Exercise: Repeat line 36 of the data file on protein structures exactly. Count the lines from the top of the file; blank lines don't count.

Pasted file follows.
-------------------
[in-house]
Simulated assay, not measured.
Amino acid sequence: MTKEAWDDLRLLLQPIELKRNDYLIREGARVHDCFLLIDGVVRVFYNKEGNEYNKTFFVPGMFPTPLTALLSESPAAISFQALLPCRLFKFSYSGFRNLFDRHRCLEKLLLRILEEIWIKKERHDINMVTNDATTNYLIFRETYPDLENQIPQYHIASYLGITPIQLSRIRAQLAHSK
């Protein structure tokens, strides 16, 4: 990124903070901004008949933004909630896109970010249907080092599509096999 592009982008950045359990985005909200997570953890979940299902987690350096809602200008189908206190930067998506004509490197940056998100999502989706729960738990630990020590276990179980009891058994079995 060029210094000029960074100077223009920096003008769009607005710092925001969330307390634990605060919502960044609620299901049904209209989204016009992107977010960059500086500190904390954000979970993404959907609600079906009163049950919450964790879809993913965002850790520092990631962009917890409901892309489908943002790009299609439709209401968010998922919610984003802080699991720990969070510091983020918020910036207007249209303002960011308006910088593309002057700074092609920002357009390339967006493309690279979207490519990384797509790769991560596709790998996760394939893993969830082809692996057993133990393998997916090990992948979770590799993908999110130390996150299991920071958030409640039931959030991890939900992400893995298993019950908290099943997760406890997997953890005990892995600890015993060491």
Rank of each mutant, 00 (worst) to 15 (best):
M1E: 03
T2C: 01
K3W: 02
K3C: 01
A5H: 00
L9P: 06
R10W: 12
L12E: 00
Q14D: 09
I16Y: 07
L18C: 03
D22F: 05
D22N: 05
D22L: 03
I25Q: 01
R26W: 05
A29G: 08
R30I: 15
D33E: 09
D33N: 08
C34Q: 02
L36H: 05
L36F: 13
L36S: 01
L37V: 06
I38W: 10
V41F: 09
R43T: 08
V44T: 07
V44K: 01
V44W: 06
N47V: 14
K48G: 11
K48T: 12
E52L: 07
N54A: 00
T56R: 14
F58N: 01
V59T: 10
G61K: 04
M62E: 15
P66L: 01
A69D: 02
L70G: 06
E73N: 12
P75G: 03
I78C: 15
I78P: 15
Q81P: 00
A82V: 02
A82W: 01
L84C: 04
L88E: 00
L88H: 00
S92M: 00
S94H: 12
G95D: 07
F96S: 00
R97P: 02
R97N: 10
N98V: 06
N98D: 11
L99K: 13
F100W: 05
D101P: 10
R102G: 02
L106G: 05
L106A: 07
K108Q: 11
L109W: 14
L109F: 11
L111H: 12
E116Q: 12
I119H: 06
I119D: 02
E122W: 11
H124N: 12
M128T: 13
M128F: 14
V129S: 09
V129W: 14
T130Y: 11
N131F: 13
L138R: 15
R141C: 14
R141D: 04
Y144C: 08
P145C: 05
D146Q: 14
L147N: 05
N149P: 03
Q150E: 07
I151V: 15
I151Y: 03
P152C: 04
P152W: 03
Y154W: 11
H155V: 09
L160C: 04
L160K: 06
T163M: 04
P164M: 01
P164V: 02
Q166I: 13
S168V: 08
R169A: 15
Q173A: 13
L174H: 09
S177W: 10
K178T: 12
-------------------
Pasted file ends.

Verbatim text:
V44W: 06